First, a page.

Interaction of particles with matter:

When muons travel trough matter they interact with the atoms which make up the material. In this process, muons deposit part of their energy and can even be stopped altogether. The amount of lost energy depends on several parameters, among them the thickness and the density of the material.

The interaction of muons with matter can be probed by placing different materials with varying thickness above the muondetector. The rate as well as the amount of energy deposited in the muondetector will help us learn about the interaction of muons with matter. Most notably, we can verify the theoretical predictions given by e.g. the Bethe-Bloch formula.

The stopping power of different materials can be described by the Bethe-Bloch formula which finds application in the theoretical description of many physics experiments. You can read up on the relevant ideas of the Bethe-Bloch formula in our MediaWiki.

Atmospheric physics: Probing Earth's atmosphere with muons

Primary cosmic radiation can trigger a particle shower when it interacts with the constituents of Earth's atmosphere. The muons generated in a particle shower are a direct product of this reaction. As such, they deliver valuable information about the interaction process and even about the atmosphere itself.

With the muondetector, we have precise information about the timing and the location of particle showers. We can thus correlate shower events with atmospheric conditions such as the weather. In particular, the correlation to thunderstorms are a fascinating and promising field of study which we aim to explore.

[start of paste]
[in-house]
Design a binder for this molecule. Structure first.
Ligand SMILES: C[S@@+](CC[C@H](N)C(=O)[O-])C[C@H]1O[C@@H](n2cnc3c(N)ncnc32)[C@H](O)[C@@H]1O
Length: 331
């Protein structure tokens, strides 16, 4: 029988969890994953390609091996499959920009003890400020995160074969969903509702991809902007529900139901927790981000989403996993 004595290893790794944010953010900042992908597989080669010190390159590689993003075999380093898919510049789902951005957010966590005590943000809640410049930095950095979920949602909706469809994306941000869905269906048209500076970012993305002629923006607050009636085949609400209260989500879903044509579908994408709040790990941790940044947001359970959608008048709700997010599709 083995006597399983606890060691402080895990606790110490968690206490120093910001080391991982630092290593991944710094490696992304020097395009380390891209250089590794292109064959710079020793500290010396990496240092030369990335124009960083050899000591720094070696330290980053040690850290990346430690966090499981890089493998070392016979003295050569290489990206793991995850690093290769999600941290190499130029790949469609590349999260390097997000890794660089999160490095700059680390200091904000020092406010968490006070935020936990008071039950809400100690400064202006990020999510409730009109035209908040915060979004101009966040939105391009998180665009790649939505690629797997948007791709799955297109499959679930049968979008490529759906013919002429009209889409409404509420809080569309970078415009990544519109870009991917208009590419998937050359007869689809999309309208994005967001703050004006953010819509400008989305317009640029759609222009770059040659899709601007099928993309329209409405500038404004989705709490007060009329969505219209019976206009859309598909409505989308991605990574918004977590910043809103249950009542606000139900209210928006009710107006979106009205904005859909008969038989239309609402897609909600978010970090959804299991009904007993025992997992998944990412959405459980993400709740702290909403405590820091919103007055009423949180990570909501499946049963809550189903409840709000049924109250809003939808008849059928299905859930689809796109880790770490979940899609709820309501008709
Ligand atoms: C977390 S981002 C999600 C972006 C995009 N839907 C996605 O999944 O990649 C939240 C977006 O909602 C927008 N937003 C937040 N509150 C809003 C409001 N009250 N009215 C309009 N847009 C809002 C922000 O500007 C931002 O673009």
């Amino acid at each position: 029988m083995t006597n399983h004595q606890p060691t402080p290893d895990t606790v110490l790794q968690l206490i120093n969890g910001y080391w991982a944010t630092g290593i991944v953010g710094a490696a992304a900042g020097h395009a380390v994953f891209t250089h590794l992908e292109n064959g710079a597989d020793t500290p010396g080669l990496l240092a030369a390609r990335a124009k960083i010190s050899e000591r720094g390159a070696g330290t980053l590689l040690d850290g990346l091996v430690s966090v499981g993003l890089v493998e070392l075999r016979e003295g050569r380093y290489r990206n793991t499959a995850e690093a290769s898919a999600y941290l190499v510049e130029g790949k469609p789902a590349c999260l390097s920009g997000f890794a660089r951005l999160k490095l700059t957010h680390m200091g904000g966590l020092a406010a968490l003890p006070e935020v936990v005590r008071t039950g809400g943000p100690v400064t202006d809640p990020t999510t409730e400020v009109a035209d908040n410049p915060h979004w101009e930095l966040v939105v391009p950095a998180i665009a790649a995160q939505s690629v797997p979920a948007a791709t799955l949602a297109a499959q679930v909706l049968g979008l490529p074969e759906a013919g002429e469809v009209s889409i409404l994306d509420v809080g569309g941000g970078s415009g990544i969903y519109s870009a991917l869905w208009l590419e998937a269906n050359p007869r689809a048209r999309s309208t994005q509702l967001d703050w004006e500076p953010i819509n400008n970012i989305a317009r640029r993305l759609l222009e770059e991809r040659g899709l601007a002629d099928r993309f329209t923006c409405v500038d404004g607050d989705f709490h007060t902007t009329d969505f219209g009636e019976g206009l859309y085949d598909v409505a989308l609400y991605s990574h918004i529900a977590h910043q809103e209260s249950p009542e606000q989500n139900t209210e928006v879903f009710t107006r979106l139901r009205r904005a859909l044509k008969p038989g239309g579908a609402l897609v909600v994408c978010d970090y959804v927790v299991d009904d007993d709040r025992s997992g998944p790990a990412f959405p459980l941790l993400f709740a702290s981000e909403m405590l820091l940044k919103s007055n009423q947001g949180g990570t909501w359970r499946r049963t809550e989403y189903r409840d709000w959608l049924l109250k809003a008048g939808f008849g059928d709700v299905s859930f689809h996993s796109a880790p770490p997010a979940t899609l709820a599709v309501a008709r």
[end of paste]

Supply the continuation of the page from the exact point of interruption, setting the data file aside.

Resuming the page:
Primary cosmic rays interact with Earth's atmosphere which can cause the evolution of a cosmic particle shower. The muons generated in the cosmic shower can be detected by our detector units. You can find more information about the generation of cosmic showers on our MediaWiki.

Astroparticle physics: Particles from outer space

Muons arriving on the surface of the Earth are mostly generated in particle showers triggered by primary cosmic radiation. The primary cosmic particle is an extraterrestrial messenger which can help us unravel the mysteries of the universe. Various astrophysics experiments exploit the detection of primary cosmic rays to study dark matter, dark energy, the dynamics of our solar system, distant galaxies and much more. The MuonPi project can contribute to this effort.

If the muondetector network is sufficiently wide spread we will be able to capture the geometry and direction of a particle shower. The geometry allows us to reconstruct the energy, direction and type of the primary cosmic particle which generated the shower. With these observables we can put contemporary astroparticle theories to the test.

Earth is constantly bombarded with particles coming from outer-space. These particles are valuable messengers about the state and the evolution of our universe. You can learn more about these extraterrestrial particles on our MediaWiki.